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  1. #11
    Marksman sbu sailor's Avatar
    Join Date
    Apr 2015
    South of Center...
    Quote Originally Posted by DriverAndrew View Post
    King31, I would be very interested to hear how you got into reloading for $100ish. Everything I've seen says it will cost way more than that, just for tooling.
    I started reloading 45 ACP for under $150 (The bullets, powder and primers were on sale in a package deal. I picked up my own cases at the range.)

    Last edited by sbu sailor; 02-11-2017 at 13:26.

  2. #12
    Marksman Old Dog's Avatar
    Join Date
    Mar 2016
    Central Indiana
    Take Broom_jm up on his offer. You reload your own with supervision, learn a few things, and avoid the ATF. Of course you also assume the liability in the event of a catastrophic failure (which is unlikely) instead of your friendly helper carrying that load.
    The colors red, white, and blue stand for freedom until they are flashing behind you.

  3. #13
    Yes, I've Pm'd him and will follow up as I get an opportunity. And thanks for the LEE tips everyone, I'm already looking into a small setup such as those of you have mentioned

  4. #14
    Grandmaster oldpink's Avatar
    Join Date
    Apr 2009
    You won't regret getting into reloading, especially with an experienced reloader like Broom to guide you through the basics, which will give you a major advantage over how many of us started, myself included.

  5. #15
    As with just about anything, you can spend a little or you can spend a lot. Personally, I think the Lee Classic Turret is ideal for loading a lot of pistol ammo, with the occasional short-action rifle. If you're going to be reloading precision rifle ammo, which is what the OP seems to be interested in, there's really nothing else for it but to buy a good O-frame press, like the RCBS RockChucker Supreme. While you can technically get into reloading for $100 or $150, I would personally set a budget of about $400 for the bare necessities of real, bench-mounted equipment.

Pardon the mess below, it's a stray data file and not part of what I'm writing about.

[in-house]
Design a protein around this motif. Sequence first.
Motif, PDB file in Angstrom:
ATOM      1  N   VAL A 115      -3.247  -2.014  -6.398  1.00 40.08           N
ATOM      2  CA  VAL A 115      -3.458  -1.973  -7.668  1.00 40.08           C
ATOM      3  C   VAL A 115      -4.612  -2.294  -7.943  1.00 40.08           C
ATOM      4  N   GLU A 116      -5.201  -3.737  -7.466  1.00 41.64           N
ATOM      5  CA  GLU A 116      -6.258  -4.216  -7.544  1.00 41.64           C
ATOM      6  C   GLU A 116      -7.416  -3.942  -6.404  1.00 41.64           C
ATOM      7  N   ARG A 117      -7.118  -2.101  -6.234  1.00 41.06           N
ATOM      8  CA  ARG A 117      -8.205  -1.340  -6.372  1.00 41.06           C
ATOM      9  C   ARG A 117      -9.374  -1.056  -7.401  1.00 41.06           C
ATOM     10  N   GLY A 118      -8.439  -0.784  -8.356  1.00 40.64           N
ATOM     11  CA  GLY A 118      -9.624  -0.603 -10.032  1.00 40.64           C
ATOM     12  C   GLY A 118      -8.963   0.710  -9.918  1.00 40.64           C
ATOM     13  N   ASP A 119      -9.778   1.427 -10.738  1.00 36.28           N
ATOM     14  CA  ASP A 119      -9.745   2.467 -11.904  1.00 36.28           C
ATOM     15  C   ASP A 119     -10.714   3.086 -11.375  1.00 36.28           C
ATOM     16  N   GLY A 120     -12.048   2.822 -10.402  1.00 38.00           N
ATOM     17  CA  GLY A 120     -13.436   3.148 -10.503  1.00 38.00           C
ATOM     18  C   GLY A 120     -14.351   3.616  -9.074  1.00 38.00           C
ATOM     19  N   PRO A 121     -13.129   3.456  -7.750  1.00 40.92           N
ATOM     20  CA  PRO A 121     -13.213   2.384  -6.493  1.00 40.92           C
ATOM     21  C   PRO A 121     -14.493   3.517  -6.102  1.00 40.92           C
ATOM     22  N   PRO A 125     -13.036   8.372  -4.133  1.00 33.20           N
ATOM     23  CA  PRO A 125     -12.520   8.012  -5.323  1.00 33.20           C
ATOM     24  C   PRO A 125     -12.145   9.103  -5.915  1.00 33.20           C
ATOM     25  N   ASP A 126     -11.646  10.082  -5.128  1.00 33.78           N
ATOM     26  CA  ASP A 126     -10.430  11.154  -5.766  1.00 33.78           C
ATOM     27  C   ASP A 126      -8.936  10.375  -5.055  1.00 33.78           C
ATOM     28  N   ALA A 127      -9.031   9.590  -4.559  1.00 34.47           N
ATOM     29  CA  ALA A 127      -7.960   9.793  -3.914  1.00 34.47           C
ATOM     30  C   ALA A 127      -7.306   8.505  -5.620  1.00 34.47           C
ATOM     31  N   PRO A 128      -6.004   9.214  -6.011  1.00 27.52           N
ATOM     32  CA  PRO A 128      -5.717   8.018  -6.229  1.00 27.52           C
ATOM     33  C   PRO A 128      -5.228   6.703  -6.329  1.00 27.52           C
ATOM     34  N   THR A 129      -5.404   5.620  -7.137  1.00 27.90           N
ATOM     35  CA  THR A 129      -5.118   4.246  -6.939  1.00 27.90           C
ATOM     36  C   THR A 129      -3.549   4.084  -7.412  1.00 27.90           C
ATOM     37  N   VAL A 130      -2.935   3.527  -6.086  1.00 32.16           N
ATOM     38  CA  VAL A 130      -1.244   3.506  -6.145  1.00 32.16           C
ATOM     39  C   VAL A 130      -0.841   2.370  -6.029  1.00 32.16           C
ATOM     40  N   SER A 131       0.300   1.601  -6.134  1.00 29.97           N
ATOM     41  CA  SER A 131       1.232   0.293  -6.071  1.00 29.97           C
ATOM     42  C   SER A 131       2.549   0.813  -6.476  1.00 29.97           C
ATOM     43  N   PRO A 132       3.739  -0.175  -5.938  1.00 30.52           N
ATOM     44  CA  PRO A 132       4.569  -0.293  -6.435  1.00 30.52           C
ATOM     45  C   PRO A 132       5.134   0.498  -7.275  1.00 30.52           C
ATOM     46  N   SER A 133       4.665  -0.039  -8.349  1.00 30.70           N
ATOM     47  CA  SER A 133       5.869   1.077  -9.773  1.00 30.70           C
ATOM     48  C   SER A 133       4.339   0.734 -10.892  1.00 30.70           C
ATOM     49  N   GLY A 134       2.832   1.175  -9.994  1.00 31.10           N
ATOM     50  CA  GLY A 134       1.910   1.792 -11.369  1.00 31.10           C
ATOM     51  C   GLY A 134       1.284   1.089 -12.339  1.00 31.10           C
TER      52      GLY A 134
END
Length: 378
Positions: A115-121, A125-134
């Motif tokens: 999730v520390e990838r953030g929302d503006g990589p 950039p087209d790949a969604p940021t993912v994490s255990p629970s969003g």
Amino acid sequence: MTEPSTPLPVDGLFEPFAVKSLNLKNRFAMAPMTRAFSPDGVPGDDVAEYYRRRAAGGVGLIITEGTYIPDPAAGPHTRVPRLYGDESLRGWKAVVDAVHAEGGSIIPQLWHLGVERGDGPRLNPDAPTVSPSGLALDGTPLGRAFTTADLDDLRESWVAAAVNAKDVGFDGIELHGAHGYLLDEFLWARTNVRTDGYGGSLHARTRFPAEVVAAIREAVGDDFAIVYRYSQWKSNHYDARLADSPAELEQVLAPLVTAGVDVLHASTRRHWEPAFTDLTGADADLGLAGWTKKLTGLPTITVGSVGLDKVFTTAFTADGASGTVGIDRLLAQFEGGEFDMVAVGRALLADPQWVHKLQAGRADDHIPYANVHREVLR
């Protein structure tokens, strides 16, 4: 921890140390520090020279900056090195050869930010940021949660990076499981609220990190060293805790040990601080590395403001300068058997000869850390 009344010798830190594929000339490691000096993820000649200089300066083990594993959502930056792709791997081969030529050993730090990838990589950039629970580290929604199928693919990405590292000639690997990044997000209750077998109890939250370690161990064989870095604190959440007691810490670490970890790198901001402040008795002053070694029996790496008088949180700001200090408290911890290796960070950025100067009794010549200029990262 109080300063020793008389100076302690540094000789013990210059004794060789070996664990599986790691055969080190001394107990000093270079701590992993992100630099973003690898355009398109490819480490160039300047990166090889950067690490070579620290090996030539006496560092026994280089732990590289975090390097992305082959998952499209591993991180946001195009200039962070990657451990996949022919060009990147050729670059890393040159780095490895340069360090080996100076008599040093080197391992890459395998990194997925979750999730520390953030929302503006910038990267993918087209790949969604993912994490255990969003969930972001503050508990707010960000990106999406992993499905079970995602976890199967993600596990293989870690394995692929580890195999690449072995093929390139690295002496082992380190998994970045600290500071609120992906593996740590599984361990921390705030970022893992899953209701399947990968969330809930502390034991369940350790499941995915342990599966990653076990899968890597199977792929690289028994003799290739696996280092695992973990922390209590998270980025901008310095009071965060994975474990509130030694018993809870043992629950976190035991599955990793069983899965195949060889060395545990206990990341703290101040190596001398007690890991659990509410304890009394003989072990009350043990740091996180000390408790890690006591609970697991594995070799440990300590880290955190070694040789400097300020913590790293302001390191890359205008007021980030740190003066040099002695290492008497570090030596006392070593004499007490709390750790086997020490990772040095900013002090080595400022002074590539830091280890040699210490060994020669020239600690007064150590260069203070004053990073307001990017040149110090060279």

Also, the old axiom about reloading is that you never save a just shoot better ammo, and more of it.

  6. #16
    Quote Originally Posted by oldpink View Post
    The wording of that is pretty vague, and it's doubtful that basically paying someone for expending his time, effort, and using his own equipment to make up some ammo for another guy won't be a big deal.
    Naturally, the ATF would likely get interested if someone did this routinely and on more of a mass production scale, especially with multiple customers, as it were.
    It's a fine line, but a paltry 250 rounds just doesn't sound like an ammo manufacturing facility.
    Oh it's highly unlikely that the ATF would ever notice, but I'd hate to be the guy they picked to make an example of.
    Much better that the OP take up Broom_JM on his very kind offer
    Everybody is coloring inside the lines....and I suspect he'll have a lot more fun than if he just bought the ammo.

  7. #17
    Got an appointment with Broom_jm for the near future, and a plan for going ahead from there. Thanks for the input and help everyone!

  8. #18
    Marksman dhamby's Avatar
    Join Date
    May 2013
    Crawfordsville area
    If you are looked no to get into reloading I have a Lee powder scale and Lyman reloading manual I'll gladly donate for the cost of shipping.

  9. #19
    Thanks! I sent you a PM. I appreciate it!


  10. #20
    LoaderHolic billybob44's Avatar
    Join Date
    Sep 2010
    In the Man Cave

    Smile " it really doesn't matter if you are using lee or Dillon. "

    Quote Originally Posted by King31 View Post
    Im not saying that's how much it cost me, but I believe with Lee equipment you can come close. The dies, press, trimmer, and scale can be had for right at $100 on Midway right now. With already having the components it wouldn't take much more than a few manuals and YouTube videos to start loading your own. You'll probably need a drill as well, but hopefully you already have that. The funny thing about reloading is that you can make it as expensive as you want it to be. In the end if you are making quality ammo, it really doesn't matter if you are using lee or Dillon.
    Thanks King31==Now I have had my good laugh for the day....

    YES it DOES matter if you are using "lee or Dillon"...Now Flame on..HA HA..Bill.
    "It's more important to have a gun in your hand than a cop on the phone".

    NRA Life Member since 1976+Outdoor Sportsman

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